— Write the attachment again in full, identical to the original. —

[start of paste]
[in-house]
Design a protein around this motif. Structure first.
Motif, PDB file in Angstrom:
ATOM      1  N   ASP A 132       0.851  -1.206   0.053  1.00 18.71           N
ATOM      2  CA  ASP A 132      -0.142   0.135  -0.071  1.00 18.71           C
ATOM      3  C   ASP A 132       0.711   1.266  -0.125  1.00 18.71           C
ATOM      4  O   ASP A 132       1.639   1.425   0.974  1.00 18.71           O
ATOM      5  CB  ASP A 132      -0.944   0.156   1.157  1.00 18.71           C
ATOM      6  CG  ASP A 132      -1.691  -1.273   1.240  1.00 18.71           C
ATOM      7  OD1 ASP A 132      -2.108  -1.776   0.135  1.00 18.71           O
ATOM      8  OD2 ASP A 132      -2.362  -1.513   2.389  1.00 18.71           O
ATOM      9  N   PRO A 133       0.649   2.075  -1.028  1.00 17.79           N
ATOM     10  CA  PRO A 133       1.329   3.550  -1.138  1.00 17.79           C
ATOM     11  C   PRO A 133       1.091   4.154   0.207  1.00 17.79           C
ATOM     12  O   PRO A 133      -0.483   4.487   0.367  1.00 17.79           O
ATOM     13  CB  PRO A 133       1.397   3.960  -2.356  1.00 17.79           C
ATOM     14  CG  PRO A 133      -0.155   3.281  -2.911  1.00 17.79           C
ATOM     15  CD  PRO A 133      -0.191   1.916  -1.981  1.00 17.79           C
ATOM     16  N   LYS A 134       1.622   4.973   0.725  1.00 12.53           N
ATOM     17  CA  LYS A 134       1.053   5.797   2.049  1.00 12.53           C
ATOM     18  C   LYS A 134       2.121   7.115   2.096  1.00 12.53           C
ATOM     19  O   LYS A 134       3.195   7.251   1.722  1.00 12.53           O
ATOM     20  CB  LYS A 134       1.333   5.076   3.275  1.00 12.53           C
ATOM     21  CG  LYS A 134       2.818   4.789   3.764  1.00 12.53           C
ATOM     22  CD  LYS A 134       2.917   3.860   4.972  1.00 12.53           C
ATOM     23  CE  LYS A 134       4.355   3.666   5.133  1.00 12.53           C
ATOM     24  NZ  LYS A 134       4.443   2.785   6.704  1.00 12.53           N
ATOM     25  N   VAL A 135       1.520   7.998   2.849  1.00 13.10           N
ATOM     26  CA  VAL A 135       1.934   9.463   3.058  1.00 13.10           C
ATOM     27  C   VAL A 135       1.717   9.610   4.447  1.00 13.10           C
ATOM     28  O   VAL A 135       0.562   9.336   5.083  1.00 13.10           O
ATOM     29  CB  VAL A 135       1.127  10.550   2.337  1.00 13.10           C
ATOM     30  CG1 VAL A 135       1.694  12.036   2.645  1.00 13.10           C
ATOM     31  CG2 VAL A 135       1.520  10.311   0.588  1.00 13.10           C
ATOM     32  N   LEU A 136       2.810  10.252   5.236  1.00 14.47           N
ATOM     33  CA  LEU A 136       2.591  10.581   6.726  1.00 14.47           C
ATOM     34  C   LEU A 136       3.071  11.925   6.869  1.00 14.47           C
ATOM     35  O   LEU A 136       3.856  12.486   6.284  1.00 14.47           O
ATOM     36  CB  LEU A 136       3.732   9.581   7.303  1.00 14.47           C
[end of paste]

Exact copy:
[in-house]
Design a protein around this motif. Structure first.
Motif, PDB file in Angstrom:
ATOM      1  N   ASP A 132       0.851  -1.206   0.053  1.00 18.71           N
ATOM      2  CA  ASP A 132      -0.142   0.135  -0.071  1.00 18.71           C
ATOM      3  C   ASP A 132       0.711   1.266  -0.125  1.00 18.71           C
ATOM      4  O   ASP A 132       1.639   1.425   0.974  1.00 18.71           O
ATOM      5  CB  ASP A 132      -0.944   0.156   1.157  1.00 18.71           C
ATOM      6  CG  ASP A 132      -1.691  -1.273   1.240  1.00 18.71           C
ATOM      7  OD1 ASP A 132      -2.108  -1.776   0.135  1.00 18.71           O
ATOM      8  OD2 ASP A 132      -2.362  -1.513   2.389  1.00 18.71           O
ATOM      9  N   PRO A 133       0.649   2.075  -1.028  1.00 17.79           N
ATOM     10  CA  PRO A 133       1.329   3.550  -1.138  1.00 17.79           C
ATOM     11  C   PRO A 133       1.091   4.154   0.207  1.00 17.79           C
ATOM     12  O   PRO A 133      -0.483   4.487   0.367  1.00 17.79           O
ATOM     13  CB  PRO A 133       1.397   3.960  -2.356  1.00 17.79           C
ATOM     14  CG  PRO A 133      -0.155   3.281  -2.911  1.00 17.79           C
ATOM     15  CD  PRO A 133      -0.191   1.916  -1.981  1.00 17.79           C
ATOM     16  N   LYS A 134       1.622   4.973   0.725  1.00 12.53           N
ATOM     17  CA  LYS A 134       1.053   5.797   2.049  1.00 12.53           C
ATOM     18  C   LYS A 134       2.121   7.115   2.096  1.00 12.53           C
ATOM     19  O   LYS A 134       3.195   7.251   1.722  1.00 12.53           O
ATOM     20  CB  LYS A 134       1.333   5.076   3.275  1.00 12.53           C
ATOM     21  CG  LYS A 134       2.818   4.789   3.764  1.00 12.53           C
ATOM     22  CD  LYS A 134       2.917   3.860   4.972  1.00 12.53           C
ATOM     23  CE  LYS A 134       4.355   3.666   5.133  1.00 12.53           C
ATOM     24  NZ  LYS A 134       4.443   2.785   6.704  1.00 12.53           N
ATOM     25  N   VAL A 135       1.520   7.998   2.849  1.00 13.10           N
ATOM     26  CA  VAL A 135       1.934   9.463   3.058  1.00 13.10           C
ATOM     27  C   VAL A 135       1.717   9.610   4.447  1.00 13.10           C
ATOM     28  O   VAL A 135       0.562   9.336   5.083  1.00 13.10           O
ATOM     29  CB  VAL A 135       1.127  10.550   2.337  1.00 13.10           C
ATOM     30  CG1 VAL A 135       1.694  12.036   2.645  1.00 13.10           C
ATOM     31  CG2 VAL A 135       1.520  10.311   0.588  1.00 13.10           C
ATOM     32  N   LEU A 136       2.810  10.252   5.236  1.00 14.47           N
ATOM     33  CA  LEU A 136       2.591  10.581   6.726  1.00 14.47           C
ATOM     34  C   LEU A 136       3.071  11.925   6.869  1.00 14.47           C
ATOM     35  O   LEU A 136       3.856  12.486   6.284  1.00 14.47           O
ATOM     36  CB  LEU A 136       3.732   9.581   7.303  1.00 14.47           C